Sunday, April 20, 2008

Reflections: More Mailer

One problem that I have with the mind-set that would burn books as a means to the end of establishing a “public orthodoxy” is that it is emblematic of a kind of cowardice. It is an effeminate act, a sort of intellectual nesting impulse, which wants to abide behind basalt-hard walls of cultural stasis, perched upon feathered layers of the pluperfect, hunkered down upon the finished, the thoroughly known, safely classified and encased; the self a part of the time-frozen diorama that defines it. It is, among other things, a priggish fear of the mixed metaphor.

In the introduction to his interview with Norman Mailer, Christopher Hitchens displays his admiration for Mailer’s expression of the polar opposite understanding of the cultural role of the intellectual:

Hitchens: The phrase ‘culture is worth a little risk’ was uttered by Mailer in the early 1980s, after his literary protégé Jack Henry Abbott, author of In the Belly of the Beast, had been released from prison only to slay again. I always thought that the statement itself was more important than the calamitous context in which it was uttered.

While Mailer’s personal history, as well as his literary career, shows him to be unafraid of risk-taking, aware that one can often learn as much, or more, from one’s failures as from one’s successes, this does not mean that Mailer is unappreciative of that which is rife with traditional culture:

Mailer: Culture’s worth huge, huge risks. Without culture we’re all totalitarian beasts. I’d go as far as to say that it’s the only thing that keeps us from going totalitarian, given the new world of technology, which inspires us to be totalitarian. After all, what technology promises is that we can all be control freaks. That the world is ours to dominate. The fact that we no longer have any senses left after we’ve been working at a fluorescent-lit computer for six hours, that’s by-the-by. …And culture is more than just being able to get it on CD-ROM. Culture is going into a library, and finding an old book on an old shelf, and opening it, and it has the patina of the past and maybe hasn’t been taken out in five years, and that’s part of its virtue at this point. There’s a small communion that takes place between the book and yourself, and that’s what’s disappearing.

Mailer, in fact, refers to himself as a “left conservative,” about which more in a future post.

[On a personal note, as a bibliophile who spends more than a little time searching the stacks for esoteric literary gems, I am very much attuned to Mailer’s observation concerning the “communion” between the book and the reader. When I borrow an old, long-neglected volume from the library, I always check the back to see how much time has elapsed since it was last checked out. The longer it’s been, the more special I feel my personal relationship to that book to be.]

7 comments:

Anonymous said...

It is an effeminate act, a sort of intellectual nesting impulse,

Okay, in order to make a point about intellectual timidity, you go sexist on us? Why does cowardice have to be "effeminate"? Ever see a female lion, bear, or dog protect its young?

As for Mailer and the whole "culture is worth risk" crap, try telling that to the family of the person that Abbott killed. Defending criminals is typical of overpraised artists who think they are above the laws, statutory or moral, of all the rest of us mere mortals.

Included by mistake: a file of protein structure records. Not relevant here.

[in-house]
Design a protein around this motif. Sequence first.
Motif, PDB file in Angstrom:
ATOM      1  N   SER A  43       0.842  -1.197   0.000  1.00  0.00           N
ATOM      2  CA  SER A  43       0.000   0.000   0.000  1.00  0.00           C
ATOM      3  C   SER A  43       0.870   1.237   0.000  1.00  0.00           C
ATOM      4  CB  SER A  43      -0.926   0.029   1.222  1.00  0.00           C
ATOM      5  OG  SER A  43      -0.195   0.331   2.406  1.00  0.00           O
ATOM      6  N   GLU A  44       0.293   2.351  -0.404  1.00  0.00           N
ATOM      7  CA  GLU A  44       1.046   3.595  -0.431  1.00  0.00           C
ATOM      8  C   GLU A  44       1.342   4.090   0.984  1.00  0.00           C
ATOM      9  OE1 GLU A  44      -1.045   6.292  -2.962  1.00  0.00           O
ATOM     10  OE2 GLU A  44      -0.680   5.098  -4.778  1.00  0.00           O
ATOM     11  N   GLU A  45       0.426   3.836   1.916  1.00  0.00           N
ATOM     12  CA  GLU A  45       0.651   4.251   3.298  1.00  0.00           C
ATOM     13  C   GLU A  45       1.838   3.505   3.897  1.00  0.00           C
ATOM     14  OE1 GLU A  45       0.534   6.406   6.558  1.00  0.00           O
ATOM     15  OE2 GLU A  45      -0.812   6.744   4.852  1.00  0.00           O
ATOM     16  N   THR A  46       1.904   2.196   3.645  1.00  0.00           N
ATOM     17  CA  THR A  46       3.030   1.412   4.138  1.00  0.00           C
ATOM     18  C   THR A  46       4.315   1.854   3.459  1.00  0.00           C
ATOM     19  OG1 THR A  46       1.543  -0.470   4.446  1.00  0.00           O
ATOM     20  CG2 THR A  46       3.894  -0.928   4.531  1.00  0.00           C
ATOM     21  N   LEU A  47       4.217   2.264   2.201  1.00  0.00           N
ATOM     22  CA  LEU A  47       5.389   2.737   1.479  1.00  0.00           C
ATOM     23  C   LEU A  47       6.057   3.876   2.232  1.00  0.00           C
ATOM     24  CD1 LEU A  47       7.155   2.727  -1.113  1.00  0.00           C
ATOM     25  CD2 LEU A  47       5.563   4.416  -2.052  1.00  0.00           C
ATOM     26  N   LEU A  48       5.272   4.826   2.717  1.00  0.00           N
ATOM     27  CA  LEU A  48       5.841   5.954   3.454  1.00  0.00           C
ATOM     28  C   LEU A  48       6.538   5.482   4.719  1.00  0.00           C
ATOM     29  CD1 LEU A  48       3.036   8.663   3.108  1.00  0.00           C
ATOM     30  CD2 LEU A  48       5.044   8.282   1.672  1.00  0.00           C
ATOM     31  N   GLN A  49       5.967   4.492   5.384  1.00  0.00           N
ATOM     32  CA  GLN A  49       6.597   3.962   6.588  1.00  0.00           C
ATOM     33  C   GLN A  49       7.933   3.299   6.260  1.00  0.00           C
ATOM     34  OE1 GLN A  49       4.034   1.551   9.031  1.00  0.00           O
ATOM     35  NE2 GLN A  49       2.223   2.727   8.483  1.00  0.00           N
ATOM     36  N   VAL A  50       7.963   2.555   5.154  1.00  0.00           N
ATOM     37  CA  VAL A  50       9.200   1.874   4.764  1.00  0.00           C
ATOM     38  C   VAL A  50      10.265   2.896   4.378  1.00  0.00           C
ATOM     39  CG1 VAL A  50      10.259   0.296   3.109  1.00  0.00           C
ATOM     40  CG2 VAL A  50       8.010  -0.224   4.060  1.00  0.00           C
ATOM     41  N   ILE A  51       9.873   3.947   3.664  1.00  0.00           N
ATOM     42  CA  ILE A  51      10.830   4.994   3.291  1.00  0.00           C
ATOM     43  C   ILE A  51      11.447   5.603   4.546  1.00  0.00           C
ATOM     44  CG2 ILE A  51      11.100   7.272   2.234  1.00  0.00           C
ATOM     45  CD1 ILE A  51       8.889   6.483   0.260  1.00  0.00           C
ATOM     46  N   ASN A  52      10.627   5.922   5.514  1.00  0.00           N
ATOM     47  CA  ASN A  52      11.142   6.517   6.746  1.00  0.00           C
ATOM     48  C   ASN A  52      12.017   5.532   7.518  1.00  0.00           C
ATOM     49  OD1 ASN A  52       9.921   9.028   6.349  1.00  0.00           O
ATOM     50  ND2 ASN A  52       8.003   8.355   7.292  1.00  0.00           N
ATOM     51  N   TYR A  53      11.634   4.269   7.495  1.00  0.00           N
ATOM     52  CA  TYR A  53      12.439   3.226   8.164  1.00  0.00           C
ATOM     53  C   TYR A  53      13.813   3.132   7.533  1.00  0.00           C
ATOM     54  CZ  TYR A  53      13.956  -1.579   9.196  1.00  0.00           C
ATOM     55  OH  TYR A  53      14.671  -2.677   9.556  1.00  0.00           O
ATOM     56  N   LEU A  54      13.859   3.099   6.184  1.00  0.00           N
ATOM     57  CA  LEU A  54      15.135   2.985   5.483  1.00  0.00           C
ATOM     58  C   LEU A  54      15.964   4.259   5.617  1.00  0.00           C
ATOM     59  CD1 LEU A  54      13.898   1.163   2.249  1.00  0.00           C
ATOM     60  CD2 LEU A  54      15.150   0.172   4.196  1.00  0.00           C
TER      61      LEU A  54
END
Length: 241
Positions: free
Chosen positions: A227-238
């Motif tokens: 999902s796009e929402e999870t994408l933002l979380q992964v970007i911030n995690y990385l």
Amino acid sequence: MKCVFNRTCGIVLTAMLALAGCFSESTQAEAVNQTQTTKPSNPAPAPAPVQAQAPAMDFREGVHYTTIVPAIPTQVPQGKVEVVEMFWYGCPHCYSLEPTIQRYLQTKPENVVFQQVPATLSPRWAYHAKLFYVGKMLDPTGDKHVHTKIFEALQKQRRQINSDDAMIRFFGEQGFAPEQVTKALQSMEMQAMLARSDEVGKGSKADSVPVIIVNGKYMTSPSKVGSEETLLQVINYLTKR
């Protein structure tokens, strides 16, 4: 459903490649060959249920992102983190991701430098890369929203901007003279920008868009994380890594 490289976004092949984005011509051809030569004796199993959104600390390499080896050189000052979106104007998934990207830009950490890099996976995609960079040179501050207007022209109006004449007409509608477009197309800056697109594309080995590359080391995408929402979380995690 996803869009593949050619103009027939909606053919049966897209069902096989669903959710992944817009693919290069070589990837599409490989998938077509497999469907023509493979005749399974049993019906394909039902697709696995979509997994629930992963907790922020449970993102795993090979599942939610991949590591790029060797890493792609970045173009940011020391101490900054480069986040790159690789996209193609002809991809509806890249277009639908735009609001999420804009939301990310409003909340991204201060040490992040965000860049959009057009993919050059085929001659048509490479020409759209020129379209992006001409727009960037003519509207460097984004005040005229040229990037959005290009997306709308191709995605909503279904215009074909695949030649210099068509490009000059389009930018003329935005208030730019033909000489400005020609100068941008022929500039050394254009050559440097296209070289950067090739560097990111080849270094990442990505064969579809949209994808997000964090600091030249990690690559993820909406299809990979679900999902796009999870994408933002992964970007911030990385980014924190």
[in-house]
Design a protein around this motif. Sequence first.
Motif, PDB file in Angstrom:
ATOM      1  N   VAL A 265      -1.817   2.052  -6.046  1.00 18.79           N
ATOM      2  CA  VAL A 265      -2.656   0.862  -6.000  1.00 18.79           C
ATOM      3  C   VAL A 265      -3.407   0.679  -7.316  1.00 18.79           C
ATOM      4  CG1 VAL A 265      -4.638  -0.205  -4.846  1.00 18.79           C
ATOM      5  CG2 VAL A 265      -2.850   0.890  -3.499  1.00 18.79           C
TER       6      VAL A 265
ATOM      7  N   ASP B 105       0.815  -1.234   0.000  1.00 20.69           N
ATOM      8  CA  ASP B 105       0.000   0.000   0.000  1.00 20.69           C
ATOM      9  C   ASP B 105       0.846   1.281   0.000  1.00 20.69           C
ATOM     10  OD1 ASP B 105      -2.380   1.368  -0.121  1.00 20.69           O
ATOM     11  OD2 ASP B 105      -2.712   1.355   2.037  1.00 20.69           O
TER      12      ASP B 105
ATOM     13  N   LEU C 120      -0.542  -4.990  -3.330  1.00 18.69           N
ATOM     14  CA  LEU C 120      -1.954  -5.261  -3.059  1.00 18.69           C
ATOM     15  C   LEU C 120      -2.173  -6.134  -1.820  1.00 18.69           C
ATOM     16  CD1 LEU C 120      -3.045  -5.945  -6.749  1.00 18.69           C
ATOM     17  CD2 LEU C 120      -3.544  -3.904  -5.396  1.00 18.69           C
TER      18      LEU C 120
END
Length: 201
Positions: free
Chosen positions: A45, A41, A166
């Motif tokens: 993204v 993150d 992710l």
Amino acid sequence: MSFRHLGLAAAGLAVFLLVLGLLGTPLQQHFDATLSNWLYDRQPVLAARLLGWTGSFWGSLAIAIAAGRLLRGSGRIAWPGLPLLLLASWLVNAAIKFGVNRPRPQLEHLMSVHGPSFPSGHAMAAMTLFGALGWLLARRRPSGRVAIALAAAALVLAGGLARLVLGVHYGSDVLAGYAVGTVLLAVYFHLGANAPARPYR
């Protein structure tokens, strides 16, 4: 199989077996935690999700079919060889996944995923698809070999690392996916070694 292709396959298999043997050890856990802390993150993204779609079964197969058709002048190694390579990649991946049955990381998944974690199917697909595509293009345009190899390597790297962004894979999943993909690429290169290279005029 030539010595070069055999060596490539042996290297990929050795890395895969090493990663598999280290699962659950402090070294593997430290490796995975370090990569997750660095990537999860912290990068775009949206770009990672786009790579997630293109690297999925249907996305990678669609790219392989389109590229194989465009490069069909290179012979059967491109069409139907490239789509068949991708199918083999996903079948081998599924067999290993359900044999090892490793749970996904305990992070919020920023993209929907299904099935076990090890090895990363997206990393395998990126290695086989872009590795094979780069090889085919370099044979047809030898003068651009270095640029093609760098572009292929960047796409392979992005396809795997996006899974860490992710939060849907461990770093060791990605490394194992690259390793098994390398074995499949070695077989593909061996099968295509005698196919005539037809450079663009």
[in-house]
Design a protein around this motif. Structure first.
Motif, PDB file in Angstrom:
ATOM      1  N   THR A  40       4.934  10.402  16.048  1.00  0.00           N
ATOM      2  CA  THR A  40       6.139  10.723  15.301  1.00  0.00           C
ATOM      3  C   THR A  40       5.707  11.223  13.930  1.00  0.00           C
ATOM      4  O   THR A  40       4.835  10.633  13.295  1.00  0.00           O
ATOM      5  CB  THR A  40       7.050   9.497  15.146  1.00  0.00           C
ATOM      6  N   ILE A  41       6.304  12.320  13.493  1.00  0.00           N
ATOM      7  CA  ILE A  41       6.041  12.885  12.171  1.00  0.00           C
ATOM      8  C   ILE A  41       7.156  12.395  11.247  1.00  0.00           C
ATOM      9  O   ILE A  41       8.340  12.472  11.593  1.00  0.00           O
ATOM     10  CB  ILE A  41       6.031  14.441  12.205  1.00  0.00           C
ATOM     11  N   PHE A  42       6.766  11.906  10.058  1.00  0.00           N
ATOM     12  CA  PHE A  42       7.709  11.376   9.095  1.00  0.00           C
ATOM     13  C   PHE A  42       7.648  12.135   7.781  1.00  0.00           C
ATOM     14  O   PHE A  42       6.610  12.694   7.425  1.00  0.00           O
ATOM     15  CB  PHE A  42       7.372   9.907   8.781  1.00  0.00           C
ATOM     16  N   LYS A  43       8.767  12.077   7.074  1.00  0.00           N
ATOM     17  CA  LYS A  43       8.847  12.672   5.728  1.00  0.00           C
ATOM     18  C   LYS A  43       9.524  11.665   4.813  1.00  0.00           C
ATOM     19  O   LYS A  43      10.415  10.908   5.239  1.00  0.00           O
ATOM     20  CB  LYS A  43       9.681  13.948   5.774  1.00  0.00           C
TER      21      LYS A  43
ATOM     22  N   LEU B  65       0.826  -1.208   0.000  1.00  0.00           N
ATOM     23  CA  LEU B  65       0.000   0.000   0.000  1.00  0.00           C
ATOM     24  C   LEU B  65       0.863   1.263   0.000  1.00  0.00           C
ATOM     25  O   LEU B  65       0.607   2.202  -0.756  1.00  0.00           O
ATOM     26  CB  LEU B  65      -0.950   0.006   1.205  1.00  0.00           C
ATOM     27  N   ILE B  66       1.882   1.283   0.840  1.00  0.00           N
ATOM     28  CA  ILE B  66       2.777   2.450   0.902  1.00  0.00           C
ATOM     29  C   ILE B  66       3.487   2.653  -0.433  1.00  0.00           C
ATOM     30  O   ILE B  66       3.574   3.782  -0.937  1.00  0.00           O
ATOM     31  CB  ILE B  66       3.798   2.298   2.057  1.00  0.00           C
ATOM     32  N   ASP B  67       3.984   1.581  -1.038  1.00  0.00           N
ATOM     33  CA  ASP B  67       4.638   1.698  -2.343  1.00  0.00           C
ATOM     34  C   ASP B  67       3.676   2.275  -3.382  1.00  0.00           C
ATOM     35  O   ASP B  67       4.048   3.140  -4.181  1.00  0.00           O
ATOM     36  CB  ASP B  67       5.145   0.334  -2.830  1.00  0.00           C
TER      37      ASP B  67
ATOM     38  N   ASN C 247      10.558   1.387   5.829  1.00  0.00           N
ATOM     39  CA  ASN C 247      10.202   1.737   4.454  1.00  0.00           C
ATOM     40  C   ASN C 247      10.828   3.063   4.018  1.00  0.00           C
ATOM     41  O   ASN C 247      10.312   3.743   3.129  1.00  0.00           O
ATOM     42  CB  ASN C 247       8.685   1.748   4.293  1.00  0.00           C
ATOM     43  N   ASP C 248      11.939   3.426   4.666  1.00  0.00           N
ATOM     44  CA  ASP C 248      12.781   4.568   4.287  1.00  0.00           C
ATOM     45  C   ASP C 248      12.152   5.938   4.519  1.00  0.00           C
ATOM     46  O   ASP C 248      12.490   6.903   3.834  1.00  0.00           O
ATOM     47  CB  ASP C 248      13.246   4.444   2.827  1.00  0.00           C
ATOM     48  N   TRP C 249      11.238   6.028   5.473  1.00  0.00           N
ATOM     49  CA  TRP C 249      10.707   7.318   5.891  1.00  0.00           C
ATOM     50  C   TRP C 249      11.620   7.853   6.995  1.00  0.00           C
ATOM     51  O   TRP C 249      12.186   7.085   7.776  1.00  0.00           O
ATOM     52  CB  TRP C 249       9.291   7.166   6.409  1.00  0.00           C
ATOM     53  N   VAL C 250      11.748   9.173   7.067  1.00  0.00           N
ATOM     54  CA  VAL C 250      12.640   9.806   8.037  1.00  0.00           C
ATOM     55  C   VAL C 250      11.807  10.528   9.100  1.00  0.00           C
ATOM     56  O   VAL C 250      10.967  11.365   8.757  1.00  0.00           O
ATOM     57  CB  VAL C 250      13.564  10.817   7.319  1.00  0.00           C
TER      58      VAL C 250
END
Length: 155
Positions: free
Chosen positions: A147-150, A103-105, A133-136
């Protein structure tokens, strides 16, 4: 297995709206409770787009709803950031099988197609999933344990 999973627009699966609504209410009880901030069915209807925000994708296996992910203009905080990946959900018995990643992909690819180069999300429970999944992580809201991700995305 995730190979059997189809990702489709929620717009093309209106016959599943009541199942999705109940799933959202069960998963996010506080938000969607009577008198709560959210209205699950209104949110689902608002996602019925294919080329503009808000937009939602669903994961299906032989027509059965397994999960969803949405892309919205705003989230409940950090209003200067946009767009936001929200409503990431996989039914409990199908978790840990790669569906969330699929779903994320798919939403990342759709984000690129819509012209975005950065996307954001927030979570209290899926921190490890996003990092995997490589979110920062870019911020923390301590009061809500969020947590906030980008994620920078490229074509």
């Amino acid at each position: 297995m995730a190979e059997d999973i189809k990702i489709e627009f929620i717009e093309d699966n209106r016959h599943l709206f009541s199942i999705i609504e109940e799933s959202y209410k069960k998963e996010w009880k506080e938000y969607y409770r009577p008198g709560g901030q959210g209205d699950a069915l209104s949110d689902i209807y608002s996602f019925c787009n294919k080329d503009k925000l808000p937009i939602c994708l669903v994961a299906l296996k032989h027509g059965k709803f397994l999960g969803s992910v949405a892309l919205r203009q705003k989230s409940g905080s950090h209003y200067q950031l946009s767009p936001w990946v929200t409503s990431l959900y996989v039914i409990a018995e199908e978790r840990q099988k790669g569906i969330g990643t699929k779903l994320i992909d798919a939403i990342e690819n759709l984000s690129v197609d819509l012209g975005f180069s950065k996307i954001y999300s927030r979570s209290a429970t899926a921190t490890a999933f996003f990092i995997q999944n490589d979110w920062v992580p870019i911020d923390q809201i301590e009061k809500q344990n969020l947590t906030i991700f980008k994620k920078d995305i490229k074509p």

---MS

Anonymous said...

Jeez, Rodak, thank you for opening up that ugly wound! I probably haven't thought about the Abbott thing since high school in the early 1980s. Now, for the rest of the afternoon, I'll also be thinking of PATCO, the 1982 recession, David Stockman, James Watt, "Gay-Related Syndrome" and VIC-20 computers ...

The Abbott thing was one of the first stirrings of rebellion against left-Democratic orthodoxy that I felt as a youth. At the time, that, along with John Lennon's murder and the assassination attempt on Reagan made me think about G.B. Trudeau's remark on how the 1970s was a "gallstone of a decade." After all these violent events so early into a new decade, I remember thinking that if the 70s was a gallstone, what the hell would the 80s be?

Then Duran Duran and Members Only jackets came along and I realized that we would all be ... amazingly ... sedate ...

---MS

Rodak said...

MS--
Mailer didn't defend Abbott as a criminal, he defended him as a man who wrote a book that was much praised, and not only by Mailer. Risk, by its very nature, often goes awry; unfortunately, it did in this case.
Are we going to wax so PC now, that we have to eliminate the word "effeminate" from the dictionary? Yo, bop on over to WWWtW with that plan--it may just be received with enthusiasm there.

Ever see a female lion, bear, or dog protect its young?

Yeah, and I've also seen many a human female just about piss herself over the sight of a spider walking around in a bathtub.

Artists don't necessarily think that they're above the law, although admittedly many of them are ready to risk what is at stake from transgressing it. What artists do tend to feel themselves to be above, however, is convention and bourgeois propriety. For that, most of them pay a huge price, since most artists don't gain fame and fortune in the exchange. C'est la guerre. Though they lose, I still respect their courage.

Anonymous said...

Well, I didn't expect such sexism from you of all people. I guess you've gone all "Old Testament" on me. Does that mean you'll start growing a beard, wearing a yarmulke, and end your prayers with "Thank God, I was not born a woman"?

---MS

Rodak said...

Can't do it. This is Ohio. Pulled pork is the state delicacy.

Anonymous said...

Not in Central Ohio it ain't. Remember this is Lex Wexner land, home of the billionaire Jews ...

---MS

Rodak said...

Mazel tov.